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Progressive Direct Insurance Co. v. Rivera

Court of Common Pleas of Delaware

January 22, 2018

Progressive Direct Insurance Company
Erica L. Rivera

          Geoffrey S. Lockyer, Esquire Weber Gallagher LLP Attorney for Plaintiff

          Erica L. Rivera Pro se Litigant

          JOHN K. WELCH, JUDGE.

         Dear Mr. Lockyer & Ms. Rivera:

         1) This case concerns a subrogation action stemming from a motor vehicle accident.[1]On June 17, 2016, Plaintiff Progressive Direct Insurance Company ("Progressive") a/s/o Berenice Bernabe Deloya ("Ms. Deloya") filed a Complaint against Defendant Erica L. Rivera ("Ms. Rivera"). Progressive alleges that on May 05, 2015, Ms. Rivera's negligently driving caused her vehicle to rear-ended Ms. Deloya's 2010 Nissan vehicle ("Nissan vehicle"), resulting in damage to the Nissan vehicle and bodily injury to Ms. Deloya. Progressive insured the Nissan vehicle. Progressive's Complaint seeks $3, 454.14 in damages, plus post-judgment interest and costs.[2]

         2) On July 20, 2016, Defendant filed an Answer. She admitted that she "tapped" the bumper of the Nissan vehicle, but denied damaging the vehicle.[3]

         3) On October 17, 2017, trial was rescheduled in lieu of settlement discussions. On December 18, 2017, trial was convened in this matter. Trial lasted approximately twenty (20) minutes. The Court heard testimony from Ms. Deloya and Ms. Rivera. Progressive submitted three exhibits into evidence without objection.[4] Ms. Rivera submitted three exhibits into evidence without objection.[5] The Court reserved its decision.

         4) At trial, Ms. Deloya testified that on May 5, 2015 she was a passenger in her Nissan vehicle. The driver of the Nissan vehicle slowed for traffic ahead and became stationed behind a school bus at an intersection on Union Street in Wilmington, Delaware. While waiting behind the school bus, the Nissan vehicle was rear-ended by a vehicle driven by Ms. Rivera.[6]The front bumper of Ms. Rivera's vehicle came in contact with the Nissan vehicle's rear bumper.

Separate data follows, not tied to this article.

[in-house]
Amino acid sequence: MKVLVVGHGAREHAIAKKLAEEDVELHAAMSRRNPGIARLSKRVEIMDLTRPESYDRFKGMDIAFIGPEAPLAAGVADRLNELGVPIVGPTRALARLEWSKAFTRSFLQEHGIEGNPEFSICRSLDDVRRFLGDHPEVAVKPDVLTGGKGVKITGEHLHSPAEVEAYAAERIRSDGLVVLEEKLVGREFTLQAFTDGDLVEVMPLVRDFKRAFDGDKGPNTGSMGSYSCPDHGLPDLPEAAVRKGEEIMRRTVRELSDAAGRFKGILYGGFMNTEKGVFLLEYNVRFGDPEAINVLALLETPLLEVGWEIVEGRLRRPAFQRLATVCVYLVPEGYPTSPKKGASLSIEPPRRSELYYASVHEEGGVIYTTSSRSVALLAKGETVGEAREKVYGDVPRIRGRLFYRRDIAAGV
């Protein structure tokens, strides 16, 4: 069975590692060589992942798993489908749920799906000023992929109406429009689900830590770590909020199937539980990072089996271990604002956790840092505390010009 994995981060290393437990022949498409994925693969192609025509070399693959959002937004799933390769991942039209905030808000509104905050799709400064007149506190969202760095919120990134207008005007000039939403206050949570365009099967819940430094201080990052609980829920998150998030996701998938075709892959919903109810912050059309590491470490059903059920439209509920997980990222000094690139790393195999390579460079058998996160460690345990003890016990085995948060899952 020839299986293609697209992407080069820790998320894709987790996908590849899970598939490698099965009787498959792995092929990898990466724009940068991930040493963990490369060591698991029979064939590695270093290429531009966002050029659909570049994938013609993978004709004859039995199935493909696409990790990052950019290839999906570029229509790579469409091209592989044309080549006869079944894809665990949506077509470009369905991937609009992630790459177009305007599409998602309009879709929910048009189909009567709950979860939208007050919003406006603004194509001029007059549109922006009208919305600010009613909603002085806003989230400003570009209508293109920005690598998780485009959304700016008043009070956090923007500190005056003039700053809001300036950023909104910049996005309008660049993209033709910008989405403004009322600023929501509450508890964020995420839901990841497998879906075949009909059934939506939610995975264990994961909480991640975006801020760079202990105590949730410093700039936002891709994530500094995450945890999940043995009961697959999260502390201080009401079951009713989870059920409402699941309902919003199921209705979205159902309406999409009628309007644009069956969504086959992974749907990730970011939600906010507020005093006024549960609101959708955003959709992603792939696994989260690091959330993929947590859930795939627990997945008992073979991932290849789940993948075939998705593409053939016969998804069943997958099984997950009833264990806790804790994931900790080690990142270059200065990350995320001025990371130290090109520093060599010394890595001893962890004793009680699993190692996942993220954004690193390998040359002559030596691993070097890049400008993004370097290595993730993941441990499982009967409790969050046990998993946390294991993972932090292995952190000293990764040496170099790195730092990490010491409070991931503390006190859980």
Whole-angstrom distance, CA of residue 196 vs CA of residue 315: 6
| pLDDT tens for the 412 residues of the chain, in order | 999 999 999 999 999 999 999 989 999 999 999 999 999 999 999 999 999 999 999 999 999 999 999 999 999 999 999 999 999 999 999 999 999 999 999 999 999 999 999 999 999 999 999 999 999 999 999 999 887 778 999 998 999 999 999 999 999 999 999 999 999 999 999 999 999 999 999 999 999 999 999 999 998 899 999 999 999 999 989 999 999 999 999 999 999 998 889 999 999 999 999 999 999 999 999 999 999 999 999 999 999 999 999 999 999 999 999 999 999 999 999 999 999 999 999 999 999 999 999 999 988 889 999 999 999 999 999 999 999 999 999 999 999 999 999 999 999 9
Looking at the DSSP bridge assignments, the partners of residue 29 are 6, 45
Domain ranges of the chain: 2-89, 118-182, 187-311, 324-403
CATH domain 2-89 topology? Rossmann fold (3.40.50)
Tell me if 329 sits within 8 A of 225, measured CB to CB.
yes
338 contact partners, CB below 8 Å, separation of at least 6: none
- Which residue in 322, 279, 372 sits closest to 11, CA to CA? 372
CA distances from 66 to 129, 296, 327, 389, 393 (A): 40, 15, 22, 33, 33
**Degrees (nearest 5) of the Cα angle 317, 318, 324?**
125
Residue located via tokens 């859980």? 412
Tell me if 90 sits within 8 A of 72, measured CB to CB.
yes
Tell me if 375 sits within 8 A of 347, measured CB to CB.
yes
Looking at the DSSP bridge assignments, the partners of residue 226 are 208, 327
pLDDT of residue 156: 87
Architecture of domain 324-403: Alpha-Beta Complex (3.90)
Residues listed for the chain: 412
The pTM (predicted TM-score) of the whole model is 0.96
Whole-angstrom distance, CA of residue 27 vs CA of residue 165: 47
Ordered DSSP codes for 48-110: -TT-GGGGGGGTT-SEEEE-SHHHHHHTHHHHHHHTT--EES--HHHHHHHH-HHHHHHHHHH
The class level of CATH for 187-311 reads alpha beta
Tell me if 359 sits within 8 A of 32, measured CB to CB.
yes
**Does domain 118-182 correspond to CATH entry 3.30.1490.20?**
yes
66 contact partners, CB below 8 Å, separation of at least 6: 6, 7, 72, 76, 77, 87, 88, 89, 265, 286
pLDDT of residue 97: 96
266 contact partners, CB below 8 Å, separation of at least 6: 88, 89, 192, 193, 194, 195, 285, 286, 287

5) After the accident, the State of Delaware Police and an ambulance arrived at the scene. Ms. Deloya testified that because she was pregnant at this time, the collision produced contractions. She was therefore transported to St. Francis Hospital for treatment.[7] Progressive appears to have been billed $4, 195.00 for this treatment, paying only $2, 792.14 as of June 27, 2015.[8] Ms. Deloya testified that the Nissan vehicle required repairs to its rear bumper after the collision. Progressive appears to have paid $583.60 in repair costs for the Nissan vehicle.[9]

         6) At trial, Ms. Rivera agreed with Ms. Deloya's recitation of the vehicles' positions prior to the collision and that her vehicle rear-ended Ms. Deloya's Nissan vehicle. However, Ms. Rivera testified that the contact was only a mere "tap." Ms. Rivera submitted pictures that she took of the Nissan vehicle on the date of the collision into evidence.[10] The pictures do not evidence rear-end damage to the Nissan vehicle.